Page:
About usefulness of early detectors

When one claim to design an early detector of some illness, it is important to think about early detection in healthcare in general, what are the benefits, inefficiencies and the new problems it creates.

As a personal anecdote about usefulness of early detectors, I had a skin carcinoma, that two doctors (the family and the company MDs) saw without reacting for years, one of them even asked me what it was. At the end it was a cardiologist who told me it was probably a carcinoma and that I had to consult quickly a specialist.
MDs have to know what to make of the tests results of those devices. For example some medical organizations start to provide free kit for genetic screening for some conditions [0], as we know some drugs work well for some genomes but less for others, which is a concept a bit weird in itself but very fashionable at the moment.
But those kits do not work the same way, so their results are not comparable with each others, some may analyze the DNA in blood, while others may take a sample with a biopsy needle. Neither can claim to capture the full picture of the tumor’s mutations. In addition tumors’ genome evolves very quickly and is not homogeneous, it is as if many mutations are branching out quickly from a common ancestor cell. At some time later a tumor is the site of several unrelated mutations.
Some tests sometimes provide conflicting or overlapping results from the same patient. Researchers at the University of California, San Diego, published a 168-patient study on discordance in early 2016 that shows there are overlap as well as differences, between DNA analyses from biopsies of tissue and blood samples.
Some tests even make suggestions for drugs, studies have shown that different commercial solutions may in some cases suggest different drugs, or do not suggest drugs that a MD would have prescribed. Those commercial products need to improve, and doctors’ professional bodies need to develop guidelines to teach how to cope with those new tools.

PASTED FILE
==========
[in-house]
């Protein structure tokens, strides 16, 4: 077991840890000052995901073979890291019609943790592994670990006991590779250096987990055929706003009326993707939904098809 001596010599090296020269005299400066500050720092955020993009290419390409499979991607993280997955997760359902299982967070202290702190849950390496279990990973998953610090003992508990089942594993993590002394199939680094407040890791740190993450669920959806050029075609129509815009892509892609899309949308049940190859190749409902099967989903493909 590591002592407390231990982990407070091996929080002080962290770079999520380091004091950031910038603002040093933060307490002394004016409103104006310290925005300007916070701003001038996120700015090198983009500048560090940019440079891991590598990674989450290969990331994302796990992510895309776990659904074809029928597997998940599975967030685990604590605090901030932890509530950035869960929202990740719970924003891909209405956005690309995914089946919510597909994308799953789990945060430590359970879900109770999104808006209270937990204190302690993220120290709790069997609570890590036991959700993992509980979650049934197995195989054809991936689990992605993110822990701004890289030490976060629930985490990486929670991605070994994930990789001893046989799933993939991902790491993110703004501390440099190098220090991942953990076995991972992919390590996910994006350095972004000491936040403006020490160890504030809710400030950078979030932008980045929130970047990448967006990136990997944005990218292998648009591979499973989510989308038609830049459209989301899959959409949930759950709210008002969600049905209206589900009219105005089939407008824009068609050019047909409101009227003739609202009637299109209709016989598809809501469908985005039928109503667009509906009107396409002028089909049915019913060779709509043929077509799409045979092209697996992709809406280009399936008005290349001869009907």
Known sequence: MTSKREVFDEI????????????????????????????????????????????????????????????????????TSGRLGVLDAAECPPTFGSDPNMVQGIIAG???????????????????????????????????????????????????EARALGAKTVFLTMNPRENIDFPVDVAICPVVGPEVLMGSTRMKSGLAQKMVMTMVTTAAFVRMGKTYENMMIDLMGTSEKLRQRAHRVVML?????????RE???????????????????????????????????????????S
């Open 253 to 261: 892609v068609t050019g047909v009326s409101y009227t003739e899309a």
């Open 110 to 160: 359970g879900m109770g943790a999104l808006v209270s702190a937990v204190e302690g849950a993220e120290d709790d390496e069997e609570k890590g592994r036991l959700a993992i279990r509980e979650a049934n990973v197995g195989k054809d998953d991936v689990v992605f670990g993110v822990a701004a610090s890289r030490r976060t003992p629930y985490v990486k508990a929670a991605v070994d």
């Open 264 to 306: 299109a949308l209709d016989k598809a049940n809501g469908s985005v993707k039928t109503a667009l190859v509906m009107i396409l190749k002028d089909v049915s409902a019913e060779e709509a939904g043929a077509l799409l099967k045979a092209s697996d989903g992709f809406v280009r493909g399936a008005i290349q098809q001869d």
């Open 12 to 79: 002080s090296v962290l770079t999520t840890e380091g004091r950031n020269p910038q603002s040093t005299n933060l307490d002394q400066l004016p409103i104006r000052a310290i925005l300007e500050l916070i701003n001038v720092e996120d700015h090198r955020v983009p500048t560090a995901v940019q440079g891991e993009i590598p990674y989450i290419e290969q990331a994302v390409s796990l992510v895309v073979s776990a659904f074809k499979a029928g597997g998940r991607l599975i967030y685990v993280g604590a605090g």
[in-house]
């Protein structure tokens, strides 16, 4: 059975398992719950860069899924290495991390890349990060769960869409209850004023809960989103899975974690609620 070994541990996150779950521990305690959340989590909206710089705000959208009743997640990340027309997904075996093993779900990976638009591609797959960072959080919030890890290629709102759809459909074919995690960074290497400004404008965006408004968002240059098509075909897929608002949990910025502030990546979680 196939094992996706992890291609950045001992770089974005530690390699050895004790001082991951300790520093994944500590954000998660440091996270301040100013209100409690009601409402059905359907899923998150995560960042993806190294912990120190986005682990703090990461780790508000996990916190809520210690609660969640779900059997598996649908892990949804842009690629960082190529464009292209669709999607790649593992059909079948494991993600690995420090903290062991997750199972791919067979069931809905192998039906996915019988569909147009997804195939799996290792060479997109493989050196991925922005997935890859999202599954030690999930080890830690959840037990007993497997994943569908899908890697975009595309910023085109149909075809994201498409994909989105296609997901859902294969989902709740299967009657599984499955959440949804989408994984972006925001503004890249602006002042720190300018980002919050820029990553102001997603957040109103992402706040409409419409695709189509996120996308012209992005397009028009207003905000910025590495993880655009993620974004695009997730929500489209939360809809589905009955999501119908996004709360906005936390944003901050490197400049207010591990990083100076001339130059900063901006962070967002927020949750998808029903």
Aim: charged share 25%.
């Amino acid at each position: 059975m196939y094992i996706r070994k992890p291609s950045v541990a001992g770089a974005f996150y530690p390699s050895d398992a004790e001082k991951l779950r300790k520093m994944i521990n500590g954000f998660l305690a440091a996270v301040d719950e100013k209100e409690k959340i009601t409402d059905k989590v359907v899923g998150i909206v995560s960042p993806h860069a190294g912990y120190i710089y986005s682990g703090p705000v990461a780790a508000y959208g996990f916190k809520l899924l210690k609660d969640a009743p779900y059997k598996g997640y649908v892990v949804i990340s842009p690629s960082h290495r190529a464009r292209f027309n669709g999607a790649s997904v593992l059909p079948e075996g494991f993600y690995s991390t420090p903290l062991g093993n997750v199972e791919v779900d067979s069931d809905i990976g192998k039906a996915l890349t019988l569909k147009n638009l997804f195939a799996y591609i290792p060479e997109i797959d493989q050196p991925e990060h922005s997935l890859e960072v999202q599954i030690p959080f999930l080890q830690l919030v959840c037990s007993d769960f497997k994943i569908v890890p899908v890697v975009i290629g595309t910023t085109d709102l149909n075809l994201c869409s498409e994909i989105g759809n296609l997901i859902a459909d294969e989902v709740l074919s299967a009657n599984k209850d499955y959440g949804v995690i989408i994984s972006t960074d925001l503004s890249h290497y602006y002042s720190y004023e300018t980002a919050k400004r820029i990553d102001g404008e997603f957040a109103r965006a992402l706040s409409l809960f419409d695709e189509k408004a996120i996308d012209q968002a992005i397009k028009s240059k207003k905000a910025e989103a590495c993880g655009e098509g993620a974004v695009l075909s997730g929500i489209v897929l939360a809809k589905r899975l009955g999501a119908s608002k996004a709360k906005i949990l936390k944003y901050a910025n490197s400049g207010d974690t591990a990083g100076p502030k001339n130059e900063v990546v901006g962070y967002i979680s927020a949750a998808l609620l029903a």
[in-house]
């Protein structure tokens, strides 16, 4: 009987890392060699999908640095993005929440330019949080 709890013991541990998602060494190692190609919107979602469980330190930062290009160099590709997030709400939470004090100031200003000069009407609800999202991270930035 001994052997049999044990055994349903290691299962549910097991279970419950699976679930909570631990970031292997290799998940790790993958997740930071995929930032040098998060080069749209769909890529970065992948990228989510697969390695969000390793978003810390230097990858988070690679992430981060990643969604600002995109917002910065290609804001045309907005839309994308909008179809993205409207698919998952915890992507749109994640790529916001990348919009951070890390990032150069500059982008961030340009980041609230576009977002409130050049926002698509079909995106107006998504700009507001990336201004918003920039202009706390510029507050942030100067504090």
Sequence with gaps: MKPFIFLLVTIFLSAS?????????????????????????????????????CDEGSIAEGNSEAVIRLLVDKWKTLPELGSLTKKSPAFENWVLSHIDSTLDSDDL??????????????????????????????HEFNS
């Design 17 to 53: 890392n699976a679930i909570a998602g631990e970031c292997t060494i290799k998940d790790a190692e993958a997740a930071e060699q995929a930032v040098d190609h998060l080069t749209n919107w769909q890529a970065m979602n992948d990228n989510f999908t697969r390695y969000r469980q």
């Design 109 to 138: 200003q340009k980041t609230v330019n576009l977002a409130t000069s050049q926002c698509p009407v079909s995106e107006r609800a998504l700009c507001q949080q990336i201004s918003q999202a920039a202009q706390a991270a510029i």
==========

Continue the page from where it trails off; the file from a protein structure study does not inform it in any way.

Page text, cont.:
Another thing is the false negative, the press reported recently an unfortunate case where a women felt something was wrong with her baby, in the last months of her pregnancy. She then used a fetal Doppler and found an heart beat, unfortunately the baby was stillborn. It is possible that if she had not used her fetal Doppler, she would have gone immediately to her hospital which may have saved the baby.
False positive are another problem, as an older man I am regularly reminded to check for PSA by the state health insurance, PSA (prostate-specific antigen) is a marker of prostate cancer. I am aware of the risk of cancer, but two large studies, one in US and two in Europe told that for a thousand people screened positively, one man will probably be saved, but several dozens will suffer severe degradation in their life quality and health in general.

The testing process may also induce traveling cost for the patient, lost of time and revenues, incomfort or even suffering, especially in women healthcare. Unnecessary biopsies and other medical procedures for people who are wrongly diagnosed or whose cancer might never have spread, can also hasten health problems.
While early detectors might seem a good idea in general, one problem is the anxiety they generate, for example even if everything is right, it does not mean everything will stay right in the future so there is a constant urge to re-check. Even medical doctors could succumb to cognitive bias, when they find “something” in mammography, then ask for more tests which are negative but nevertheless urge to have more frequent testing in the future, creating unnecessary anxiety for the patient[1].

What does all this mean for a designer of an early detector of heart failure? Certainly that there is a need to not make big unwise claims. There is also a need to collaborate with real doctors, not only scientists.
At the same time how to attract attention of people to make them use it and finance R&D ?

[0] http://www.xconomy.com/national/2017/05/31/in-maine-making-cancer-dna-tests-free-and-asking-tough-questions/
[1] https://blogs.scientificamerican.com/cross-check/why-we-overrate-the-lifesaving-power-of-cancer-tests/